Violence against pupils under spotlight in KZN schools
“I HAVE not seen an incident worse than this and I grew up in a system where it was legal!”
That was the reaction of Tim Gordon, the chief executive of the School Governing Body Foundation, to a video showing how a teacher assaulted a teenage pupil.
The spotlight on violence at schools in Kwazulu-natal comes after a teacher was caught assaulting at least two female pupils with a cane at Umdlamfe Secondary in Esikhawini, near Richards Bay.
A pupil was beaten on her legs and body after the teacher wrestled with her.
The footage was recorded by fellow classmates.
The Congress of South African Students (Cosas) called on township schools to stamp out corporal punishment.
Cosas spokesperson Noxolo Makhanya said teachers knew it was wrong but used misbehaving pupils as an excuse.
“We will retaliate against corporal punishment by taking brutal action in the form of opening criminal cases against teachers,” she said.
Teachers said ill-discipline was a problem at schools as parents did not play an active role in the education of their children.
Vuma Mfeka, the former principal of Umgaga High in umlazi, said teachers needed to be trained in how to deal with ill-discipline.
“There were no alternatives given on how to punish pupils.
“Teachers are making their own decisions.
“In my time corporal punishment was allowed but it had limitations,” he said.
He referred to the incident as an assault.
Nomarashiya Caluza, teacher union Sadtu’s provincial secretary, said such incidents undermined the good work of teachers.
“We are trying by all means to stop this. The department needs to look beyond the law, this is a societal problem. Pupils beat pupils, pupils beat teachers and some teachers beat pupils,” she said.
Paul Colditz, the chief executive of the Federation of SA Schools (Fedsas), said the new education system was underpinned by parents and the communities taking ownership of schools.
He said the 23 719 public schools in the country were run by SGBS and not government because there were no state schools, but public schools owned by the people of this country.
“As a collective the SGB takes responsibility for the school,” he said. “Corporal punishment and violence have always been there, it was brought to the public eye because of the smartphone and social media. If that was not recorded on a phone, few would have known about it, but we can’t say there is an increase. It does exist at schools.
“What this incident does is bring to the public eye that parents and the community are not taking responsibility,” he said.
Colditz said a long-term solution to the problem involved everyone in the school community adopting the values of the constitution – those of human dignity, equality and freedom.
“No teacher should consider assaulting a child. That was not corporal punishment, that was assault. We are not going to change attitudes and behaviours at the school by replacing corporal punishment with an alternative punishment,” said Colditz.
Colditz said SGBS needed to be used as the focal point to drive a value-driven approach of respect, loyalty and by adopting constitutional values.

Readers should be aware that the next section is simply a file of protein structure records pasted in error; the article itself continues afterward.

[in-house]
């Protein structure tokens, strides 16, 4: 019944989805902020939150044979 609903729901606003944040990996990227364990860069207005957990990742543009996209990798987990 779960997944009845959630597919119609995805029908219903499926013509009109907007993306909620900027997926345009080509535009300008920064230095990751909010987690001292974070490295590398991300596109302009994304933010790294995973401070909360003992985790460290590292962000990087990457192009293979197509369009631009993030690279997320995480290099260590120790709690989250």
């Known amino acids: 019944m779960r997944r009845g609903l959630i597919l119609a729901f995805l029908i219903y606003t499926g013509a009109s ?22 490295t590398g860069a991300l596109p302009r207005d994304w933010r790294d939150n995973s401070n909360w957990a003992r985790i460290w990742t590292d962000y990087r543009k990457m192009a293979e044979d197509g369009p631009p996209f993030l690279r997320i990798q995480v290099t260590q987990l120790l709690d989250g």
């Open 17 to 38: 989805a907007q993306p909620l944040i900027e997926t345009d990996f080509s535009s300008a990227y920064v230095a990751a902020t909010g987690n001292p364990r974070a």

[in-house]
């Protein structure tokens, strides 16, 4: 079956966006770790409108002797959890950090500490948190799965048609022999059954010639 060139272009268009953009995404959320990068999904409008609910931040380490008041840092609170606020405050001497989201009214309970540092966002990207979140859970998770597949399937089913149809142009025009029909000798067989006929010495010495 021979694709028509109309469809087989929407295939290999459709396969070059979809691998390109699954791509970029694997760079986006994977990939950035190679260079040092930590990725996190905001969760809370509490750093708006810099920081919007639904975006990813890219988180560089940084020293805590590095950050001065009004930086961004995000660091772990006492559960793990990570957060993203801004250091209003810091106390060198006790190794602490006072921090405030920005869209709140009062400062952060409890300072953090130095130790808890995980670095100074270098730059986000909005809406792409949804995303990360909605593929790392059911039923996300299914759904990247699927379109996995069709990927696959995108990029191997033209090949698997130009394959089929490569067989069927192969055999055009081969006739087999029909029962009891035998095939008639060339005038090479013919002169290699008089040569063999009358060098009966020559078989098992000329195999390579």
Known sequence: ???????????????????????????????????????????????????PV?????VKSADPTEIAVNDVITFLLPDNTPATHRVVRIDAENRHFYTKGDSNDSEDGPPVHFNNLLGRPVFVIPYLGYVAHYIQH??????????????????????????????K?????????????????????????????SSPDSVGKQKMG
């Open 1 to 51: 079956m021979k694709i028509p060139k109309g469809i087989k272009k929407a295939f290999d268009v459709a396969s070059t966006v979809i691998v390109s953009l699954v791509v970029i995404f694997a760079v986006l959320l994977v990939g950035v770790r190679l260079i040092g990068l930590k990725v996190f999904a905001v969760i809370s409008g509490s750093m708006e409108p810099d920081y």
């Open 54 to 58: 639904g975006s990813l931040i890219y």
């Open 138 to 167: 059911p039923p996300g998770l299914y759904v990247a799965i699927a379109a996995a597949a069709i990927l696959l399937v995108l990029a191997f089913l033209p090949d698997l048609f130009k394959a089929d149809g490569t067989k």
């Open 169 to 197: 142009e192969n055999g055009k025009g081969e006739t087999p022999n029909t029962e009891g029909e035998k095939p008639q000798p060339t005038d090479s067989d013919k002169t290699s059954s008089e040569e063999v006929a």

“Parents should then realise that they have an obligation to their children, the teachers and the schools. There is no quick fix. We need to change our mindsets to discipline with ethical values,” he stressed.
Professor Kobus Maree, an educational psychologist from the University of Pretoria, said schools were mimicking society.
“The violence at schools is symptomatic of what is happening in our communities. Poverty levels are escalating and people are angry,” he said.
Maree said perception in society was that the elite did not care about the poor and that gangsters got away with murder. This, he said, had an effect on pupils.
“People are taking billions and they are getting away with it. The poor become frustrated and they have no resources and their anger boils over because they are set up for a dark future,” he said.
Violent language and behaviour from home was then reproduced at schools, he said.
“The moment a teacher senses learners are angry, start communicating, talk to the class representative, talk to the principal,” he said.
Gordon said when pupils were given rights in the new South Africa, it was supposed to change the autocratic nature of schools. But, he said, pupils were still expected to treat teachers with respect.
He said the transition posed a huge mindset shift which teachers were still struggling to cope with.
“They were simply told now it is stopped,” he said, referring to corporal punishment.
Pupils provoked teachers to a point of them losing their temper, but as adults, teachers had no excuse for acting in a violent manner.
Schools should sit down and discuss corporal punishment issues and how best to deal with them, he said. As an alternative punishment, he said, isolating the pupil from others and making them do tasks such as mowing the grass, pulling out weeds, and picking up litter, were options.
Academic exercise-driven punishments were bad as they sent the message that learning was bad.
Kwazi Mthethwa, a spokesperson for the KZN education department, said 300 teachers had been dismissed for corporal punishment, sexrelated offences and financial mismanagement since MEC Mthandeni Dlungwane took over last year.
“Teachers can’t beat up pupils and claim they want them to do better or it is part of punishment.
“Teachers must use communication skills to deal with ill-disciplined pupils and if it fails involve the principal and parents,” he said.
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A high school teacher beats a pupil at the Umdlamfe Secondary in Esikhawini.the teacher has been suspended.